Everything started at a Sunday brunch when I asked my friend JoAnne about the startup she’d just joined. JoAnne, a fifty-something woman with the hip energy of a 25-year-old, perked up as she explained what the startup did: it was a super-secure payment service, founded by a libertarian Stanford grad and a young Russian-born cryptographer. They’d raised $100 million and grown to 100 employees. There was just one hitch: an international cadre of fraudsters had found ways to use their service to swindle millions of dollars and the team had to find a way to stop them.
Combating international fraud sounded way more interesting than my job. I excitedly asked JoAnne if her startup might want to hire someone like me and a few days later I found an email in my inbox introducing me to Max Levchin, the CTO and co-founder of PayPal. She described Max as a talented entrepreneur and technologist; I was a mathematically-inclined 22-year-old who might be able to help solve the fraud problem.
Although JoAnne took just a few minutes to write that email, it completely changed my life. Our exchange led to me finding a new job and taught me an important lesson about the value of the right introduction.
Sharing Context, Sharing Trust
JoAnne’s introduction was valuable to both me and the team at PayPal because it accomplished four things:
- She gave me important context. PayPal was growing and on a strong path but had a fraud problem where my skills could be helpful.
- She gave Max important context. I was a promising data geek who was open to new opportunities.
- She expressed her trust in my abilities. Because of her words and because Max and the team had confidence in her recommendations, Max wanted to talk to me.
- She expressed her trust in Max and his team. Because I valued her judgment, I spoke to Max and ultimately decided to join a team I’d previously known nothing about.
Each of those four things was valuable and collectively they increased the probability of me working at PayPal by at least 100x. I joined Max’s team a month later and thanked JoAnne for making it happen. Without her intro, PayPal wouldn’t have hired me and I would never have made what became the most important move of my career.
More Intros Like This, Please
When you’re in an employer’s shoes and trying to hire good people, you’re looking for trustworthy information about candidates: who’s likely to do great work as part of your team? When you’re in a candidate’s shoes and considering a new job, you’re looking for trustworthy information about teams: where could you do fulfilling work with people you’d enjoy working with? JoAnne’s introduction answered these questions for Max and me, but it only happened because of a well-timed brunch.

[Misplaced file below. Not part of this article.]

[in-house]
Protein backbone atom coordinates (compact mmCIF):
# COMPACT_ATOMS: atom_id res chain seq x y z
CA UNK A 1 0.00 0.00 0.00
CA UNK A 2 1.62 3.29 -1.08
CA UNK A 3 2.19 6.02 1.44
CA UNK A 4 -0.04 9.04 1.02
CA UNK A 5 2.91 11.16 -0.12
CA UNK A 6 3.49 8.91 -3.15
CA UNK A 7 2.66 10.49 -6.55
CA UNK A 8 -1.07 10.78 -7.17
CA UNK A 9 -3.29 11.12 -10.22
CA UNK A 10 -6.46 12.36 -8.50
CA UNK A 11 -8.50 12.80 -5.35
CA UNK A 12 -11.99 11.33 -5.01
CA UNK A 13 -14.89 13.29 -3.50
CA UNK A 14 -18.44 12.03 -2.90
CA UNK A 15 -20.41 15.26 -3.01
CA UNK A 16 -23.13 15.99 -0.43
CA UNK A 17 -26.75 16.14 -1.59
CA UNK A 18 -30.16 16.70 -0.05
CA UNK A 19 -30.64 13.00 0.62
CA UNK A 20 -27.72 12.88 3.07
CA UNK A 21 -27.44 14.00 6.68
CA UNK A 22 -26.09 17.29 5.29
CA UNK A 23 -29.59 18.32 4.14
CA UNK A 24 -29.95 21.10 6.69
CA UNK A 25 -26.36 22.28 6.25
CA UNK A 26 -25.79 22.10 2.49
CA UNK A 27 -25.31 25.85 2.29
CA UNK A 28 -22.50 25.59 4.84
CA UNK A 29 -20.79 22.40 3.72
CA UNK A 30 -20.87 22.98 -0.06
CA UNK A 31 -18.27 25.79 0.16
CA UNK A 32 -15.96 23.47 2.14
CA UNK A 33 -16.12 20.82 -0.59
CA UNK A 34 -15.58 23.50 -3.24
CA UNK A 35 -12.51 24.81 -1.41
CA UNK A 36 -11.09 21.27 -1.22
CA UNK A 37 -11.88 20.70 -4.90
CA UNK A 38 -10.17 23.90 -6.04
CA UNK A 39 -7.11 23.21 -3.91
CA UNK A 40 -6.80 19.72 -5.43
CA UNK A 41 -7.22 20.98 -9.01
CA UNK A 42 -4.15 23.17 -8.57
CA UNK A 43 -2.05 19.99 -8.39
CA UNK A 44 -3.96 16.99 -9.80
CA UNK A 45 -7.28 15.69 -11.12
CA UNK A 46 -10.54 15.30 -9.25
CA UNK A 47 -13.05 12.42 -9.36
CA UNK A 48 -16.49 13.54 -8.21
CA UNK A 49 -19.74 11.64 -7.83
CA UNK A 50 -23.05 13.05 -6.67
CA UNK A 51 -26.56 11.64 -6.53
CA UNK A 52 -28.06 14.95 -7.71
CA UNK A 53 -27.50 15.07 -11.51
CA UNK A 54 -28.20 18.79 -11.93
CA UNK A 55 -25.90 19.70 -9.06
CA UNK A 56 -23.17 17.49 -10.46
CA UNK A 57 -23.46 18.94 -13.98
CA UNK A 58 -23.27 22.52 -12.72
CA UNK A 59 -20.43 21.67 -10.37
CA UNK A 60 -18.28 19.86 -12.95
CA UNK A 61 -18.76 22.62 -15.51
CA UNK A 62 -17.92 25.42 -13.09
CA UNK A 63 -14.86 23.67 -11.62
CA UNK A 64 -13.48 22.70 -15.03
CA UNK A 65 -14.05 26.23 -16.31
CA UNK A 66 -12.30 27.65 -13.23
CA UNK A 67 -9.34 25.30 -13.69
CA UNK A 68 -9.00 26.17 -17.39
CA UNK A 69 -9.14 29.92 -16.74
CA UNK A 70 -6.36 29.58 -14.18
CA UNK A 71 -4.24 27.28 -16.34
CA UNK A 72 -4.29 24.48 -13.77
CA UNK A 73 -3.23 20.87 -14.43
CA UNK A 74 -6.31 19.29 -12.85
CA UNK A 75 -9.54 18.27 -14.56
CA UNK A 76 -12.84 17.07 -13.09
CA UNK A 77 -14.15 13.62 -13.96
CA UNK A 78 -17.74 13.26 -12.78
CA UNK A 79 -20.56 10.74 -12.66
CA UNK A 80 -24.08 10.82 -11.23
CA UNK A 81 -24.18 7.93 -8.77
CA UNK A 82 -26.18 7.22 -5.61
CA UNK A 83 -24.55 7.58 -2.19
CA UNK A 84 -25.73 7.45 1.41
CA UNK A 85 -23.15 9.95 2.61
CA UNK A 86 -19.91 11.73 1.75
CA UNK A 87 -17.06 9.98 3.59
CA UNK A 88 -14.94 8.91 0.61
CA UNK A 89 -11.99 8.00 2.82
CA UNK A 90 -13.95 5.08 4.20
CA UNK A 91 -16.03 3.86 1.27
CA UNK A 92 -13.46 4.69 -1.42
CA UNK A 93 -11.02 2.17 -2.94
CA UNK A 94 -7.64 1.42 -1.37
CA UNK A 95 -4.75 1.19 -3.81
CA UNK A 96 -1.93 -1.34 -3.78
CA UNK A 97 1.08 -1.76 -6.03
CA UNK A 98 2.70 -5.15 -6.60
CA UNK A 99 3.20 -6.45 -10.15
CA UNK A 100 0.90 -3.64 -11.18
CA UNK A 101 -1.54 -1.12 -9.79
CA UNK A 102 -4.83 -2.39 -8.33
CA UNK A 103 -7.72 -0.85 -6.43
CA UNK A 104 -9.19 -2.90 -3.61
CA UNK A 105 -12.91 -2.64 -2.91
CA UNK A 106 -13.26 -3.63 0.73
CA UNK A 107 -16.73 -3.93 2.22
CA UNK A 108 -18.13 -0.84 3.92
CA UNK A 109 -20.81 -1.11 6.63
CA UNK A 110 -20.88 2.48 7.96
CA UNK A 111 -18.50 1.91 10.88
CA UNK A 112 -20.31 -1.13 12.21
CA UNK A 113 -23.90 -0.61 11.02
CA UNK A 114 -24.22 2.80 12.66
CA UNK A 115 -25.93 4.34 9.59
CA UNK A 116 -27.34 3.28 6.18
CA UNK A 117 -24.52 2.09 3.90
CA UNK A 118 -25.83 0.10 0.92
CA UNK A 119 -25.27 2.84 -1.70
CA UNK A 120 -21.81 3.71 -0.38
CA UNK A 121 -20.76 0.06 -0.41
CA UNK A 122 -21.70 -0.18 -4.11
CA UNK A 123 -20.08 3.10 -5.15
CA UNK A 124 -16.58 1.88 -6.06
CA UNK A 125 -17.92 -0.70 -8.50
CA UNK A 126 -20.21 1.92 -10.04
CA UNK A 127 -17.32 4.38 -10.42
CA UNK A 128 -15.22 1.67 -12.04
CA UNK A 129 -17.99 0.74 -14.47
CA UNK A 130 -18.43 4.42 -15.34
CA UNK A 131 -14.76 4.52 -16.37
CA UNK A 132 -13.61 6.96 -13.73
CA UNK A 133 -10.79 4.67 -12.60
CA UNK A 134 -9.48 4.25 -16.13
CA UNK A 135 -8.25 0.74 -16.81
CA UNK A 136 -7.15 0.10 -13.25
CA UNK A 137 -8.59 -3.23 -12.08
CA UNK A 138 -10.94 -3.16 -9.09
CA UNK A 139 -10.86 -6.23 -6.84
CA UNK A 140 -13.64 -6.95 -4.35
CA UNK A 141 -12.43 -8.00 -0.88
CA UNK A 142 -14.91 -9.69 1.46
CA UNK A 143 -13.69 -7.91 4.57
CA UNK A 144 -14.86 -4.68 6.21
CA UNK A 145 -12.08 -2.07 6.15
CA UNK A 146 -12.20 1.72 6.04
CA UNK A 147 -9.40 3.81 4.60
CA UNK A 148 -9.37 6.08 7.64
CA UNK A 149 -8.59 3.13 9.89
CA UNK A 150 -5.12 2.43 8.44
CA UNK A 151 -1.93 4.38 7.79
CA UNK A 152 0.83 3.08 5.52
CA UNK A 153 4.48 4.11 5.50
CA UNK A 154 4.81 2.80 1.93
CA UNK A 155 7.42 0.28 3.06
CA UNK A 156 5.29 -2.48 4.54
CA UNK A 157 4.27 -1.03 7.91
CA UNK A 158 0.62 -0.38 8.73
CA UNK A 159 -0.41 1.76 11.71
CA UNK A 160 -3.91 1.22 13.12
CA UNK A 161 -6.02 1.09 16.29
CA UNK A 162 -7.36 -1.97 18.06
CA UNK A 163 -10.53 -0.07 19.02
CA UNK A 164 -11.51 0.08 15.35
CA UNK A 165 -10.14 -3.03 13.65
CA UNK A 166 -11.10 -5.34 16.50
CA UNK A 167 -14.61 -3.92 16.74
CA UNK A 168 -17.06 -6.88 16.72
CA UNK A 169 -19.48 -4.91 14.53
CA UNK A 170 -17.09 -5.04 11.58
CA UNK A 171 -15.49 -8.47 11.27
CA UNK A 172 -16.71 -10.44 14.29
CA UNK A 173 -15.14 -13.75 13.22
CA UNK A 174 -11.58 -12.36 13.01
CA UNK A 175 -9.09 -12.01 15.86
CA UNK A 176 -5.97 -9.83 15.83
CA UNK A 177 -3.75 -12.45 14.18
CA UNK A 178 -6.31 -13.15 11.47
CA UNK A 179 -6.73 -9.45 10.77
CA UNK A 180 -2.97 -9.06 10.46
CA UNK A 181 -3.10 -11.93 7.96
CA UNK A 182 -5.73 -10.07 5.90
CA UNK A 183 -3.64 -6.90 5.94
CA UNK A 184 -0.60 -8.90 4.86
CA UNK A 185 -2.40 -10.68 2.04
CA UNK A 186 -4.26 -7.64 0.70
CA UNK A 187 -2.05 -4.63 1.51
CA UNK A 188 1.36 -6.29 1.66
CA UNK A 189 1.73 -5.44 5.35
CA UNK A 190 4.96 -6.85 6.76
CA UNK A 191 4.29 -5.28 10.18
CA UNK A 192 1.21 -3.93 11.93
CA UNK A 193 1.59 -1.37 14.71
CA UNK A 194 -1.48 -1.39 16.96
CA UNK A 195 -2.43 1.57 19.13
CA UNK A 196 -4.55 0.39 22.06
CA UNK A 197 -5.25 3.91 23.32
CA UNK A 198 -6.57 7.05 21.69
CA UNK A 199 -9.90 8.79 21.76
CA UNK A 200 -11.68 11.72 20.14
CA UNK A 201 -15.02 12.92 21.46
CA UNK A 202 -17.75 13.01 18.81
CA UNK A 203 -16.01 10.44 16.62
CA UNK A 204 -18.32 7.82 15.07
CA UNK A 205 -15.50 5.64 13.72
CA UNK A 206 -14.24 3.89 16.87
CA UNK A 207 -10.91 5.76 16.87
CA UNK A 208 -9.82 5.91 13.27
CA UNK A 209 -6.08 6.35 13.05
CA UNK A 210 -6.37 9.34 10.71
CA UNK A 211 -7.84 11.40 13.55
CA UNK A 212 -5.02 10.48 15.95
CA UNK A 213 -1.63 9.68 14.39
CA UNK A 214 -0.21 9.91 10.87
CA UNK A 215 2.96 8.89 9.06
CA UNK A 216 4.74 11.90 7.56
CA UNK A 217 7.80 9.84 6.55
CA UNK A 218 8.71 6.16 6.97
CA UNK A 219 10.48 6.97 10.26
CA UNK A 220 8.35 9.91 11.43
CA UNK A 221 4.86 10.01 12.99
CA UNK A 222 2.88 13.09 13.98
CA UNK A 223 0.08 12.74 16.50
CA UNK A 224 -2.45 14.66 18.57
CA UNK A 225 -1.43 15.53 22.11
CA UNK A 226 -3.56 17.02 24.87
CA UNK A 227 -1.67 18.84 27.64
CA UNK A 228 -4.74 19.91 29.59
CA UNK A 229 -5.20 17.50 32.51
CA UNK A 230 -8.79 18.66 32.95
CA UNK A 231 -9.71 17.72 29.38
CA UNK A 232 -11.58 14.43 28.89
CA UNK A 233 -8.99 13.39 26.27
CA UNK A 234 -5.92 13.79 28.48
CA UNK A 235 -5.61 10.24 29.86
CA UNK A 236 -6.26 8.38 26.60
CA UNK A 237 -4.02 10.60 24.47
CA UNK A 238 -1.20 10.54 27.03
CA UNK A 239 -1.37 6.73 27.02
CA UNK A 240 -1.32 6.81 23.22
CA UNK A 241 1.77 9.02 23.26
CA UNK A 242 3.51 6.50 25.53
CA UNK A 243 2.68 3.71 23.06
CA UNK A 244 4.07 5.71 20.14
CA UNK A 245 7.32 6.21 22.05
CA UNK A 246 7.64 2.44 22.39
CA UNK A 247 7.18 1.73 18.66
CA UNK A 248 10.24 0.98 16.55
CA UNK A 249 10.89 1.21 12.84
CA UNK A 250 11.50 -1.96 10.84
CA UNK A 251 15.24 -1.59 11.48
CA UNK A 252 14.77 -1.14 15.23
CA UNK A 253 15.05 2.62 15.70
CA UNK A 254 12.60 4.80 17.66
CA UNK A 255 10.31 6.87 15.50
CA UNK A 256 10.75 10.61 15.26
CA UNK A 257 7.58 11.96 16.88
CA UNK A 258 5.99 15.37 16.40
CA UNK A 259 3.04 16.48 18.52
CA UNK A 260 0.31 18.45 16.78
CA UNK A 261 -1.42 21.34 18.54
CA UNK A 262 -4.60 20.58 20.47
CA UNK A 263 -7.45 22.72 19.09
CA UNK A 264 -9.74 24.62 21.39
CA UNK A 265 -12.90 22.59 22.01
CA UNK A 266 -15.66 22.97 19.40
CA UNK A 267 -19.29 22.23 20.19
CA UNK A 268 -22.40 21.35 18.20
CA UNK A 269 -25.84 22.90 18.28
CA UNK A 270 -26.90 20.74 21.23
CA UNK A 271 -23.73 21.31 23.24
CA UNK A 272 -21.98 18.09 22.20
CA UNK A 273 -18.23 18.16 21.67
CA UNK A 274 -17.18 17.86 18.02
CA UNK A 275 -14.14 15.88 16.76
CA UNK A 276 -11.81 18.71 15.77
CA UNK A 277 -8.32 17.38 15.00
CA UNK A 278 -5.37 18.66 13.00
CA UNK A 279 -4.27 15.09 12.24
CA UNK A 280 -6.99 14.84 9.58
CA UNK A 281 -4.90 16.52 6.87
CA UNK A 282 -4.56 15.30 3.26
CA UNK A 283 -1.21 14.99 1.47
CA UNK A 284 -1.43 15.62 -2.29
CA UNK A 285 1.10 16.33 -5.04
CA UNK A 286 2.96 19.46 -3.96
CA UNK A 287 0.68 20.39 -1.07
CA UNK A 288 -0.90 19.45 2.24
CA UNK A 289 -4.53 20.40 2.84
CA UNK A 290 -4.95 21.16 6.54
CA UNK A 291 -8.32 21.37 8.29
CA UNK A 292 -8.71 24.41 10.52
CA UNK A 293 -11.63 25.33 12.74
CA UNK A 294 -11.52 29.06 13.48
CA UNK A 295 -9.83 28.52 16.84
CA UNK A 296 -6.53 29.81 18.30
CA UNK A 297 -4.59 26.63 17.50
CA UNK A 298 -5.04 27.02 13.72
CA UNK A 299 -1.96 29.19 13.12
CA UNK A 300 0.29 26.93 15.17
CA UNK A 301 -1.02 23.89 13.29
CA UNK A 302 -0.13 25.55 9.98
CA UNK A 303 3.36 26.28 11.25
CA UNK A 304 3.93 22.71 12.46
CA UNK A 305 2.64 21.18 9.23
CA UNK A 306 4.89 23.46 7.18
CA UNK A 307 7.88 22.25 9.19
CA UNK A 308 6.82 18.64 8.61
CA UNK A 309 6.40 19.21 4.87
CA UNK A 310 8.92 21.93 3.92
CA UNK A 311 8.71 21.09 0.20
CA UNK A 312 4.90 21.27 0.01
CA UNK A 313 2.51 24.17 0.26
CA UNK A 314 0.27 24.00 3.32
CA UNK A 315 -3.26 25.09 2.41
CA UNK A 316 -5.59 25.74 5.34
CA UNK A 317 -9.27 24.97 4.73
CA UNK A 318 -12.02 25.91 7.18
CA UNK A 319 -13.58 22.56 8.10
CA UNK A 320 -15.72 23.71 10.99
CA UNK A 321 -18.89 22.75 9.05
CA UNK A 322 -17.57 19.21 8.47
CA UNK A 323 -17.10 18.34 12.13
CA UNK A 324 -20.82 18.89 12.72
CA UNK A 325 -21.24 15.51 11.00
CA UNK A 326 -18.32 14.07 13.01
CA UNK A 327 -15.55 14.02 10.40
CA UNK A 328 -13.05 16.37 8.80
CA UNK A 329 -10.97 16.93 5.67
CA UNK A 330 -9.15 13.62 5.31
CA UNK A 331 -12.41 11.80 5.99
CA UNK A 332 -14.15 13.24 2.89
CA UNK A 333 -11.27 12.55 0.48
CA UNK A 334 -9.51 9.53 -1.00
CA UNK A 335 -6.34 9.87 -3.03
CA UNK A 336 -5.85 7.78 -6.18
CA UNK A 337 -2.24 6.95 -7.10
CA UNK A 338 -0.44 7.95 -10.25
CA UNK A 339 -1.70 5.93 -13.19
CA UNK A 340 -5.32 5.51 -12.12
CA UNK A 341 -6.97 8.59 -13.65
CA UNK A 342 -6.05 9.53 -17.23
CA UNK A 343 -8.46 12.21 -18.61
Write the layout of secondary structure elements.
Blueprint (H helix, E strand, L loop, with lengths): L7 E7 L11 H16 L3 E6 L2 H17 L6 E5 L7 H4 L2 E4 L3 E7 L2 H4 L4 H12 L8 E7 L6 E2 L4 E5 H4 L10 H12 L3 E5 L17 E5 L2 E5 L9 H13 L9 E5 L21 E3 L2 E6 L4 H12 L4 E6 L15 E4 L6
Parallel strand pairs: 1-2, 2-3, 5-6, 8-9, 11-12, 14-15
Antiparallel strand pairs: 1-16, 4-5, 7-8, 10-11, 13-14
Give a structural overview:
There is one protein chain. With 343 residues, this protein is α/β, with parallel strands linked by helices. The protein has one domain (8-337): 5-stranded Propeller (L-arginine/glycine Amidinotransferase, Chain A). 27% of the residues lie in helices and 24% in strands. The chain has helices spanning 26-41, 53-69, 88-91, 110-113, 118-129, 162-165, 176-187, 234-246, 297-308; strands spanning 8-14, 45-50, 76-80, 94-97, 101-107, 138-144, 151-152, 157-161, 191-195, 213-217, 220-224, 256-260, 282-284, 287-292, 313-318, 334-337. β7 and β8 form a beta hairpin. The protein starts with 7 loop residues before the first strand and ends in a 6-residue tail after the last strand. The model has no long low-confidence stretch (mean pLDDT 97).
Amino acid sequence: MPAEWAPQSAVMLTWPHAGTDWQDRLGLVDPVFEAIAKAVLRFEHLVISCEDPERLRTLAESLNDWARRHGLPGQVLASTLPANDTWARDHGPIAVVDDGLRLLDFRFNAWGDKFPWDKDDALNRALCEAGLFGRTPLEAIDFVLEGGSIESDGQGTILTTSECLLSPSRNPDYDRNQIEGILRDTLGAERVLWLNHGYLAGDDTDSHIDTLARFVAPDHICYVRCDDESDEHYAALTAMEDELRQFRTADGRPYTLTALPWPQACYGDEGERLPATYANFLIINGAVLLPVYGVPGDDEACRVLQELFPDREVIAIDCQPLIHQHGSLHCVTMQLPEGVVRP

Bonafide is my new startup, and our goal is to arm both candidates and teams with better information so they can make better decisions about whom to work with. Connectors like JoAnne facilitate good decisions by propagating trust between candidates and teams.
Today we’re excited to announce the release of a product that recognizes connectors and helps them become more efficient. We’ve built a tool called Bonafide Connector that uses natural language processing to find introductions you’ve been a part of. Bonafide Connector takes your archived Gmail intros and turns them into meaningful data about your strengths as a connector, the best things you’ve written about others, and the great things others have said about you.
For a sneak peak, here’s my Connector Report:
We’re recognizing some of our members as top connectors based on data from over 100,000 email introductions. We’ll be updating these rankings as more people sign up for Bonafide (check back for updates). Congrats to the top connectors!
The Beginning and The End
Each day, every professional gets to know a little more about the people she works with. She learns of others’ strengths and weaknesses, she figures out whom she can trust and how she can trust them.
Connectors serve an important role in sharing trust and introducing people who could work well together, but it’s hard to make a great connection. I got lucky with that Sunday brunch and joined PayPal, but more often than not, the right candidates and the right teams don’t find one another.
JoAnne did a lot of big things in her life, but the most impactful for me was the fifteen minutes she took to connect me with Max. Thanks in large part to her, I got to spend 3.5 years at PayPal with dozens of phenomenal people, learning lots about using data and building a great company. It never ceases to amaze me that an action that takes a few minutes can have such a huge positive effect on someone’s life. I’ll always be grateful to JoAnne for her help, and I hope to make it a little easier for others to do what she did.
In memory of JoAnne Rockower, who passed away in 2014. Thank you to JoAnne and Max for making this post possible!
And thanks to Michael Lipman, Leo Polovets, Karen Song, Andrew Chen, Jason Schwarz, and Nazila Alasti for providing feedback.